The second necessary skill is communication.  There is a tremendous amount of detail involved in hospitality operations.  An open flow of information all around makes it easier to communicate expectations, give daily direction, uncover issues and problems, and ensure that all employees are on the same page.  Communication bottlenecks, usually caused by uncommunicative and aloof managers, impede efficient operations and make it harder for everyone to do their jobs.

To build the infrastructure, the leader must communicate service values at every opportunity and continually reinforce the culture of service.  The leader must be both patient and persistent. Instructions and reinforcement will have to be given over and over again.  Training and implementation must be repeated at intervals until every employee gets the message and provides consistent quality service in every situation.

While it is recognized that the General Manager must be a strong leader, it is also critical that the operation’s subordinate managers and supervisors are also trained to be strong service-based leaders.  While some of a leader’s skill-set seems to be inborn, such as confidence and an analytical mind, and others are developed early in life, like judgment and basic communication abilities, the great majority of a leader’s skills are learned.  But unless junior managers are systematically trained to develop the skills which have to do with building and sustaining meaningful work relationships, their leadership development will be haphazard, and the vision and message of service will not be communicated consistently or faithfully to line employees.

Upon this leadership foundation, then, are the components of the Remarkable Service Infrastructure – those organizational systems and disciplines which comprise the building blocks that lead to Remarkable Service.

Excerpted from The Quest for Remarkable Service

Thanks and have a great day!

Ed Rehkopf

This weekly blog comments on and discusses the hospitality industry and its challenges. From time to time, we will feature guest bloggers – those managers and industry experts who have something of interest to say to all of us. We also welcome feedback and comment upon the blog, hoping that it will become a useful sounding board for what’s on the minds of hardworking hospitality managers throughout the country and around the world.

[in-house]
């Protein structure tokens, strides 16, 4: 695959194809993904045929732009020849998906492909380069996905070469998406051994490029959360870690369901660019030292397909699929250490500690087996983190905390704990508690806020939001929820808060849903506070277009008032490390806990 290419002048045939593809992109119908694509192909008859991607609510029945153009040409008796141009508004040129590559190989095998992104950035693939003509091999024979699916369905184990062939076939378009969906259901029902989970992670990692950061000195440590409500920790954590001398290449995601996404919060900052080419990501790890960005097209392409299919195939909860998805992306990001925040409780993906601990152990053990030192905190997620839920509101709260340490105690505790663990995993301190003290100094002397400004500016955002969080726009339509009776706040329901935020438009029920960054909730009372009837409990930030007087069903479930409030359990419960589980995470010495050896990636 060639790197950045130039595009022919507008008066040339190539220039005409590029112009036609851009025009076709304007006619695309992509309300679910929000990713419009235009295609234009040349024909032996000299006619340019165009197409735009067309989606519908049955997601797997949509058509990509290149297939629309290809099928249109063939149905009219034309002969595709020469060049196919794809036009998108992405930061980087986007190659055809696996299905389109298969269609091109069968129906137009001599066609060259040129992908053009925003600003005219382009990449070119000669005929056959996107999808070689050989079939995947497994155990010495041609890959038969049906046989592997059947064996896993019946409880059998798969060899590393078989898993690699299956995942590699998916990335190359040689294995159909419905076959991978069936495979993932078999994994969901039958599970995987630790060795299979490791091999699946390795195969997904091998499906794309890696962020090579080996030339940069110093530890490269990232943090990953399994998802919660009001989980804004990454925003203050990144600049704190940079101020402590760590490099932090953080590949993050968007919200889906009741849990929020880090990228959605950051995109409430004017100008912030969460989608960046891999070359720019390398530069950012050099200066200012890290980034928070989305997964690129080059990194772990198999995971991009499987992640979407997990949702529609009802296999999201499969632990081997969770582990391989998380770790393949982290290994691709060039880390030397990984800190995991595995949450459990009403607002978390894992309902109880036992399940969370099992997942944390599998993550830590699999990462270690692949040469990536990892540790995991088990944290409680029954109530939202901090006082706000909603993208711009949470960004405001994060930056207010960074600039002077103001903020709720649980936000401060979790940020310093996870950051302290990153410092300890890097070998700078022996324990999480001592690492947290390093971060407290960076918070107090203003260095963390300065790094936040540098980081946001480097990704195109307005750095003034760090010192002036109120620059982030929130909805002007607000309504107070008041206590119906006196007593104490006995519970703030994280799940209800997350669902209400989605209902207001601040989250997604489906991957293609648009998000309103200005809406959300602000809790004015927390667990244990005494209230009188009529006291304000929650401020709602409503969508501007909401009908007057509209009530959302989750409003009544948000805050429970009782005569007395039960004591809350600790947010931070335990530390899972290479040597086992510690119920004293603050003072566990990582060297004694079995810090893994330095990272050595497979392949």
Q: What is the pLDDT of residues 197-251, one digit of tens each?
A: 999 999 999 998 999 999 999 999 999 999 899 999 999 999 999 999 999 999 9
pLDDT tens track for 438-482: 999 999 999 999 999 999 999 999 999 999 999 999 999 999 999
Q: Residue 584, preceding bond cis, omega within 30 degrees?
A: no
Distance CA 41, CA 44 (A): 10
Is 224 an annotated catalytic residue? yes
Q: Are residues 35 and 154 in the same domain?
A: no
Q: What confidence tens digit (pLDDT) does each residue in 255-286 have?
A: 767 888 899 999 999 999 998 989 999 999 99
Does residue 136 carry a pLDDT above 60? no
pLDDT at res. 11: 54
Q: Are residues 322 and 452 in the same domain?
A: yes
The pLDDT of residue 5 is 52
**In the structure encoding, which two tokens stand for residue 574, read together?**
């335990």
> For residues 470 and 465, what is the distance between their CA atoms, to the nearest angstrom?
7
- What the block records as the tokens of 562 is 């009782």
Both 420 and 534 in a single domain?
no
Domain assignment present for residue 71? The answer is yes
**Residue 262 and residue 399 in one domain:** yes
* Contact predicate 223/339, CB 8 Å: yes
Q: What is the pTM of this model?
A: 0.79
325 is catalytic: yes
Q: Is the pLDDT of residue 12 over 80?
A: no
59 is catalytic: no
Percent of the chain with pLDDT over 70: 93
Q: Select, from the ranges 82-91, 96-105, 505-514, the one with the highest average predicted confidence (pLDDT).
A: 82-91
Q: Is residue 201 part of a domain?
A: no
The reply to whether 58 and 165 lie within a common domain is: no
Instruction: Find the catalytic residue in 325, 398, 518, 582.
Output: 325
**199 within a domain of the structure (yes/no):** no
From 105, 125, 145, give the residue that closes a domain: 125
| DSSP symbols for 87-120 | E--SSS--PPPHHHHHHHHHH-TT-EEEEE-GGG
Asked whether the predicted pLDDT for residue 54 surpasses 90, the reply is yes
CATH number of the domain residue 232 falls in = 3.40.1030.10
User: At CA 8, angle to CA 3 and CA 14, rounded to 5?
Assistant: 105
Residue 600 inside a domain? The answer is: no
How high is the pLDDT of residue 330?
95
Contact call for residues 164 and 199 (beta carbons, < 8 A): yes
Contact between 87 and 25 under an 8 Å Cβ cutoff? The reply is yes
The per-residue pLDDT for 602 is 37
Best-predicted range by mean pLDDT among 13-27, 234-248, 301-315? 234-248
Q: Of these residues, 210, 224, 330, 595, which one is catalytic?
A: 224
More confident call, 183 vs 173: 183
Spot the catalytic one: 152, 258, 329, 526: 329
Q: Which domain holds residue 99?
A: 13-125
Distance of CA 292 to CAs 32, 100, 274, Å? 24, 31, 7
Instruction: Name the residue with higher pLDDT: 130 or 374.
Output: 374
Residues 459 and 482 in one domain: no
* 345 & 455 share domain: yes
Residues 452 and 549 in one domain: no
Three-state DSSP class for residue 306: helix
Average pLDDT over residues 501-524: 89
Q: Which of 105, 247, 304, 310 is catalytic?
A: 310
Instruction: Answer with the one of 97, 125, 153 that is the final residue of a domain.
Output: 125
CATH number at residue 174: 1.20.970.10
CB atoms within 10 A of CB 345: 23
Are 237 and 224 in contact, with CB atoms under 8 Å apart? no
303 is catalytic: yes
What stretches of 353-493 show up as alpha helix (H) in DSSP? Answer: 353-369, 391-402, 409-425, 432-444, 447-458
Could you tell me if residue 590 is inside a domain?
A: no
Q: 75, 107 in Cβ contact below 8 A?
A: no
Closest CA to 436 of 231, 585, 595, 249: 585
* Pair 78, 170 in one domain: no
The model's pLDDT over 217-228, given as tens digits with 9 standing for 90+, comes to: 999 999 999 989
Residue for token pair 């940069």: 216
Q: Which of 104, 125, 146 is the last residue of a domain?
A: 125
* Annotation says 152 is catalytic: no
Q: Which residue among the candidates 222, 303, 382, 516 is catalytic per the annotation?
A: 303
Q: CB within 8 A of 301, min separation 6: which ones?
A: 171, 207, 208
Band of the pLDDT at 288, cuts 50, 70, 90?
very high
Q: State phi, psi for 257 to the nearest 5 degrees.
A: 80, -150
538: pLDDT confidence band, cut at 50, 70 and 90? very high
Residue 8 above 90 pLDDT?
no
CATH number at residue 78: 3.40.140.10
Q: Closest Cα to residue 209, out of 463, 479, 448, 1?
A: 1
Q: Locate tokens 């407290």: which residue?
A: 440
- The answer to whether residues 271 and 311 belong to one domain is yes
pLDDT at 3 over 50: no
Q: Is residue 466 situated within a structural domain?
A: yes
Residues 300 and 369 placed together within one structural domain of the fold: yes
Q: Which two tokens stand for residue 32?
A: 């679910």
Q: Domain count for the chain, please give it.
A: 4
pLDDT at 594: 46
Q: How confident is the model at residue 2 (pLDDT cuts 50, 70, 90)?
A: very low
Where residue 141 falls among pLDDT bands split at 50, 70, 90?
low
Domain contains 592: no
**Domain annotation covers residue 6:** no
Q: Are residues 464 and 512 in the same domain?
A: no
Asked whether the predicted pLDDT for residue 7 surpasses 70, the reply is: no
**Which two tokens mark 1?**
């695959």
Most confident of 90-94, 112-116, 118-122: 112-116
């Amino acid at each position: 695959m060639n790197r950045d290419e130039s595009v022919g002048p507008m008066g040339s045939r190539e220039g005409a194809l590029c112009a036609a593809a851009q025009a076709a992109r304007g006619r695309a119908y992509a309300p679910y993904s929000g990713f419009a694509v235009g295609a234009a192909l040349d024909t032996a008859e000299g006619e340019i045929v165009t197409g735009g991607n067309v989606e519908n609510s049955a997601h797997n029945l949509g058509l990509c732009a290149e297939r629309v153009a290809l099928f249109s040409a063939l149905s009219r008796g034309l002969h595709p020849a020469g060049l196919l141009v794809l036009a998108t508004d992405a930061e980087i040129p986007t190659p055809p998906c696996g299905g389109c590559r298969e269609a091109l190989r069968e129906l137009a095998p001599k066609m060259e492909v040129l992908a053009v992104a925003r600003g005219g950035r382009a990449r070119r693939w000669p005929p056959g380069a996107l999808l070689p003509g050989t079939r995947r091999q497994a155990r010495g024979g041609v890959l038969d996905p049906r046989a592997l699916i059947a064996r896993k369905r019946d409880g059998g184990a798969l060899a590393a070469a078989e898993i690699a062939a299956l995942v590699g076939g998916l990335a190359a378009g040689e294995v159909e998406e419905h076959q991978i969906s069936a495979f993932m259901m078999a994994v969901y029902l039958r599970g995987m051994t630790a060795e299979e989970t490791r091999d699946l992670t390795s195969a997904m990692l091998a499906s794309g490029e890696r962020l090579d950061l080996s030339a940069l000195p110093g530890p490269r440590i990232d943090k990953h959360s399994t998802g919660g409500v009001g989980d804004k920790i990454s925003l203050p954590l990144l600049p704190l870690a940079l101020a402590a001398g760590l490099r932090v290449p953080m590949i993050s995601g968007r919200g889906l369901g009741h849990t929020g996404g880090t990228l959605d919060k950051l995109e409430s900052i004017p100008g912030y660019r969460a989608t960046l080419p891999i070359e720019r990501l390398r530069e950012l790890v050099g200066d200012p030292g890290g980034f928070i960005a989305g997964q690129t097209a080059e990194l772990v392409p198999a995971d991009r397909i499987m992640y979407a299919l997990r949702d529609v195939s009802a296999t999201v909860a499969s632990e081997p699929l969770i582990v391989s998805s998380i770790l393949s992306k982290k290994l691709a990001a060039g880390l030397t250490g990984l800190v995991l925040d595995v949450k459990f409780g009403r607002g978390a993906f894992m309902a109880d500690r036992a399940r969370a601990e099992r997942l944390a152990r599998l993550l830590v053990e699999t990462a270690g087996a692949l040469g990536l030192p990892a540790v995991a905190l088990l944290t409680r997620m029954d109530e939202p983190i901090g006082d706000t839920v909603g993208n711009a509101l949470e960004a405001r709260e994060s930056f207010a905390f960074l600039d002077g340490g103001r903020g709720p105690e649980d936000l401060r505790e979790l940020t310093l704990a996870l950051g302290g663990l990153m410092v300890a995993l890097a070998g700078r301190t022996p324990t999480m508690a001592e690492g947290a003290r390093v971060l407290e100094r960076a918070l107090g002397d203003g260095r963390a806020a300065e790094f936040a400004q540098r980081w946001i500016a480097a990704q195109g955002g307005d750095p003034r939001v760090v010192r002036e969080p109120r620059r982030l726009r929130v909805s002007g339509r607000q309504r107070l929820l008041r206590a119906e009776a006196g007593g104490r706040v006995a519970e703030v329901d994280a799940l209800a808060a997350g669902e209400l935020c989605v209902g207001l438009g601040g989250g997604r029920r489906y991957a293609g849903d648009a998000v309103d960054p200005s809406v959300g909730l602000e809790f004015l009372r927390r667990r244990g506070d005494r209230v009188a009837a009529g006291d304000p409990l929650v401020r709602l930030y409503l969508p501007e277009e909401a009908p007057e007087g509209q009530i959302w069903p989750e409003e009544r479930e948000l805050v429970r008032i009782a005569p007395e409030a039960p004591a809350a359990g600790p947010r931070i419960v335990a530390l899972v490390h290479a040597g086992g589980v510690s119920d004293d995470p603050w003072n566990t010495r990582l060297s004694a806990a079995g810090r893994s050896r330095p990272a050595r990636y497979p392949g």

Hospitality Resources International – Management Resources for Hospitality Operators!

Providing Guidelines for Empowered Behavior

March 2nd, 2015

Hospitality operations need to ensure that leaders provide guidelines and information for empowered behaviorHaving developed the necessary environment for empowerment by valuing and trusting employees, while communicating values and goals to them, the leader’s next step is to establish the framework for empowered action.

With the understanding that most hospitality employees have never experienced working in an empowered organization, the leader must plant the seeds of empowerment by suggesting ways in which employees can act in empowered ways.

1.   Develop a list of most frequent customer complaints or issues.  By enlisting your employees’ help in identifying problem areas or issues, you send a strong message to them that you value their opinions and input.  This is the first step in helping them realize that they can be empowered to solve the problems.

2.   Brainstorm empowerment opportunities.  Once your team has identified problem areas, brainstorm with them how these problems might be properly resolved.  In the give and take discussion while brainstorming, your team will gain deeper insights of how and why problems should be resolved in particular ways and what might be the best resolution of a particular issue.

3.   Establish standards or limits of empowerment.  As the leader, you should guide the discussion to the appropriate solutions.  Ultimately, while employees may make decisions and take empowered action, it is up to you to ensure that they take the appropriate action and understand the guidelines of their authority.  In other words, you’re responsible for establishing the standards and limits of their empowerment.

4.   Challenge your team to work on one or two of the identified problem areas.  Select the most pressing of the identified problem areas or those that represent easy-to-fix issues; then challenge your team to make decisions on their own and take action to resolve them.  Make sure they understand that they will not be punished for doing the wrong thing and that any errors will only be used as learning opportunities for everyone involved.